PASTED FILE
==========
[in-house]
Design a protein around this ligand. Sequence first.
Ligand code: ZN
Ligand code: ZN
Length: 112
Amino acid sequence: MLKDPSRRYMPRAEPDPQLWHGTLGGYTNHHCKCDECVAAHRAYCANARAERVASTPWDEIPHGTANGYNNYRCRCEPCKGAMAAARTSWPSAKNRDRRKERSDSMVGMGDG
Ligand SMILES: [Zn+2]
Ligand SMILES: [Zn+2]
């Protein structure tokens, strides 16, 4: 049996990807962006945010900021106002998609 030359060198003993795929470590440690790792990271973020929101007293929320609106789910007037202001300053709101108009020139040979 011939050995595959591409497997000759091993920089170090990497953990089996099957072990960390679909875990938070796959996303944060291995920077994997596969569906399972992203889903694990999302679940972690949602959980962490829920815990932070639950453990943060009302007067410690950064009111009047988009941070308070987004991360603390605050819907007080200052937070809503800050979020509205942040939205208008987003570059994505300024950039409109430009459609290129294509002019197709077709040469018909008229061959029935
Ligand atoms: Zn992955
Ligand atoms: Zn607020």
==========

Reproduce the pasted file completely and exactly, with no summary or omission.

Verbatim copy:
[in-house]
Design a protein around this ligand. Sequence first.
Ligand code: ZN
Ligand code: ZN
Length: 112
Amino acid sequence: MLKDPSRRYMPRAEPDPQLWHGTLGGYTNHHCKCDECVAAHRAYCANARAERVASTPWDEIPHGTANGYNNYRCRCEPCKGAMAAARTSWPSAKNRDRRKERSDSMVGMGDG
Ligand SMILES: [Zn+2]
Ligand SMILES: [Zn+2]
């Protein structure tokens, strides 16, 4: 049996990807962006945010900021106002998609 030359060198003993795929470590440690790792990271973020929101007293929320609106789910007037202001300053709101108009020139040979 011939050995595959591409497997000759091993920089170090990497953990089996099957072990960390679909875990938070796959996303944060291995920077994997596969569906399972992203889903694990999302679940972690949602959980962490829920815990932070639950453990943060009302007067410690950064009111009047988009941070308070987004991360603390605050819907007080200052937070809503800050979020509205942040939205208008987003570059994505300024950039409109430009459609290129294509002019197709077709040469018909008229061959029935
Ligand atoms: Zn992955
Ligand atoms: Zn607020």